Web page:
As expressed in both of these statements, the Hindu concept of life is that each soul is moving ever closer to God over a period of many lives. And when the soul reaches sufficient spiritual maturity, it naturally awakens a conscious desire to know God, to experience Truth. This spiritual longing then leads the soul to take up the practices and study, to take up the practices and study the philosophy of the Sanatana Dharma in order to complete the processing of knowing itself. Thus it is quite clear that you cannot keep Hinduism out of a country when it already resides within the soul of every person in that country waiting to be expressed at some point in the future. We can compare the inherent search for Truth that exists within the soul to a dormant seed hidden in the soil waiting for the right environmental conditions to sprout.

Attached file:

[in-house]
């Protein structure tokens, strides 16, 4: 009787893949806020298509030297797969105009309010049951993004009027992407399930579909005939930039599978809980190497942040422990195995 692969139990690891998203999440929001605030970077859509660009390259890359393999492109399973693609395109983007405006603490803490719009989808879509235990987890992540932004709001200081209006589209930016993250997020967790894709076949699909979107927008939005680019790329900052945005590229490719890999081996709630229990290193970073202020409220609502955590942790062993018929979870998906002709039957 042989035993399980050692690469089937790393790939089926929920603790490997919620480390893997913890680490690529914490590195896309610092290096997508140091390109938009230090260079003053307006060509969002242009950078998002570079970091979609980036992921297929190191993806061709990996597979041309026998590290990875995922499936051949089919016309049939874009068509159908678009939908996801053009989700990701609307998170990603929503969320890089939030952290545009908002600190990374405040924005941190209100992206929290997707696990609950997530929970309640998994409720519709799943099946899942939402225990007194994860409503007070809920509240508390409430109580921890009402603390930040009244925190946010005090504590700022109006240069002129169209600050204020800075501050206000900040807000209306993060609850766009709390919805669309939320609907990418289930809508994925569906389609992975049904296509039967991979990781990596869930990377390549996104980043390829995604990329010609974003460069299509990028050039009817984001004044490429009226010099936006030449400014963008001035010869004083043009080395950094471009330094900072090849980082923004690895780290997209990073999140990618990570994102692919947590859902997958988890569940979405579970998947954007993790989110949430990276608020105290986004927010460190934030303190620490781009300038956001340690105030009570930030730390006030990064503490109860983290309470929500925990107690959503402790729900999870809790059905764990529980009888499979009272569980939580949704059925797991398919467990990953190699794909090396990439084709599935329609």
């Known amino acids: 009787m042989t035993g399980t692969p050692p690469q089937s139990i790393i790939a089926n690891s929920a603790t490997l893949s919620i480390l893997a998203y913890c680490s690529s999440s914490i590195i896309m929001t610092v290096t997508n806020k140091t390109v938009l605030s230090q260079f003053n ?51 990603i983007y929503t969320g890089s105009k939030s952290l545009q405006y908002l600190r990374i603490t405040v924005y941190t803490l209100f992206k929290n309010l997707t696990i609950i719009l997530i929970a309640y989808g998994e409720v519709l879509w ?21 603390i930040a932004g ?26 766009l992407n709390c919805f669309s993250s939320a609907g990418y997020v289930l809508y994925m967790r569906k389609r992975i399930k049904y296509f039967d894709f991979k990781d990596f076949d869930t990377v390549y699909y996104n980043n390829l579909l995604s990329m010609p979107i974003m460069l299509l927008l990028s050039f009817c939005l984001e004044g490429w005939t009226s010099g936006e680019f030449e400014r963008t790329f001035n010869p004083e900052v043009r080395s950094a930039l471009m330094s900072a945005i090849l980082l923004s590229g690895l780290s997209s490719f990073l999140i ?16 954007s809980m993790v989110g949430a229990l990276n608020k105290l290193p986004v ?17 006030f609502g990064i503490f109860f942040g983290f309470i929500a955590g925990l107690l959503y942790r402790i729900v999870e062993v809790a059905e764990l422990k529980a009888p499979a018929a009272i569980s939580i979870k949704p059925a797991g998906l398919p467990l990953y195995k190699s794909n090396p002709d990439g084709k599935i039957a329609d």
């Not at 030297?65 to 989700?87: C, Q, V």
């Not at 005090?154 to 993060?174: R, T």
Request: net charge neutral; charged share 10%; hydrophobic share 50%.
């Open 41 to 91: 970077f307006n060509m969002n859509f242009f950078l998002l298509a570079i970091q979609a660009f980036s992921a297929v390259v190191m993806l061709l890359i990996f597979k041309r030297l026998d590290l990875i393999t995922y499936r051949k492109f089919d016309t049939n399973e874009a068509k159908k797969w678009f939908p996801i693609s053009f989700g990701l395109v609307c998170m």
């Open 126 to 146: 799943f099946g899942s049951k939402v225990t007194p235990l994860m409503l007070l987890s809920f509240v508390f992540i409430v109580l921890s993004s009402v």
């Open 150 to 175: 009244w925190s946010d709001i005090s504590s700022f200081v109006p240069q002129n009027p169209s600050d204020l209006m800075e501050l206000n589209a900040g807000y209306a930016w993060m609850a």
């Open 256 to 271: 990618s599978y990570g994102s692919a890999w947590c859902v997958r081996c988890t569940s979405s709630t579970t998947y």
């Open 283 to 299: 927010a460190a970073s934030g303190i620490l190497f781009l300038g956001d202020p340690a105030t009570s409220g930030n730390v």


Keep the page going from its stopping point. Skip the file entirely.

The second part of the answer to the question as to "Who is a Hindu?" and "What is Hinduism?" is that Hinduism is the Vaidika Dharma, or religion of the Vedas. In other words, Hinduism encompasses all religious traditions that accept the Vedas as scriptural authority. Religious traditions in India that did not accept the Vedas are Indian but not Hindu. Among these were Jainism, Buddhism and Sikhism, which rejected the Vedas and thus emerged as completely distinct religions, disassociated from Hinduism, while still sharing many philosophical insights and cultural values with their parent faith.